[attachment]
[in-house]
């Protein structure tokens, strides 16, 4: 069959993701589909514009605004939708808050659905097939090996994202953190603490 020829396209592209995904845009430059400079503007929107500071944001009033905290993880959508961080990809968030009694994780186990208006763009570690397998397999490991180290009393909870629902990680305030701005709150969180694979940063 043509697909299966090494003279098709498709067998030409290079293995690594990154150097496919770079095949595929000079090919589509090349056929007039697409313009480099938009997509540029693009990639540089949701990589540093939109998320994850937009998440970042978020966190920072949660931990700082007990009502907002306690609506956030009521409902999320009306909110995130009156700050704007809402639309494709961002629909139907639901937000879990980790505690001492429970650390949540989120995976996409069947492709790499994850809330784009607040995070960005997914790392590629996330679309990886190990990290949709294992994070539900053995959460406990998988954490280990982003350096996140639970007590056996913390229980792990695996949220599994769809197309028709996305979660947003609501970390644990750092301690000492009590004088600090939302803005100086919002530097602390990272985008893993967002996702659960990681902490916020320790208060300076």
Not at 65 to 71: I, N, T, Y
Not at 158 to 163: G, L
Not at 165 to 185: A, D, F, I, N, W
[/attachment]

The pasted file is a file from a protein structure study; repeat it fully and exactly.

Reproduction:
[in-house]
């Protein structure tokens, strides 16, 4: 069959993701589909514009605004939708808050659905097939090996994202953190603490 020829396209592209995904845009430059400079503007929107500071944001009033905290993880959508961080990809968030009694994780186990208006763009570690397998397999490991180290009393909870629902990680305030701005709150969180694979940063 043509697909299966090494003279098709498709067998030409290079293995690594990154150097496919770079095949595929000079090919589509090349056929007039697409313009480099938009997509540029693009990639540089949701990589540093939109998320994850937009998440970042978020966190920072949660931990700082007990009502907002306690609506956030009521409902999320009306909110995130009156700050704007809402639309494709961002629909139907639901937000879990980790505690001492429970650390949540989120995976996409069947492709790499994850809330784009607040995070960005997914790392590629996330679309990886190990990290949709294992994070539900053995959460406990998988954490280990982003350096996140639970007590056996913390229980792990695996949220599994769809197309028709996305979660947003609501970390644990750092301690000492009590004088600090939302803005100086919002530097602390990272985008893993967002996702659960990681902490916020320790208060300076």
Not at 65 to 71: I, N, T, Y
Not at 158 to 163: G, L
Not at 165 to 185: A, D, F, I, N, W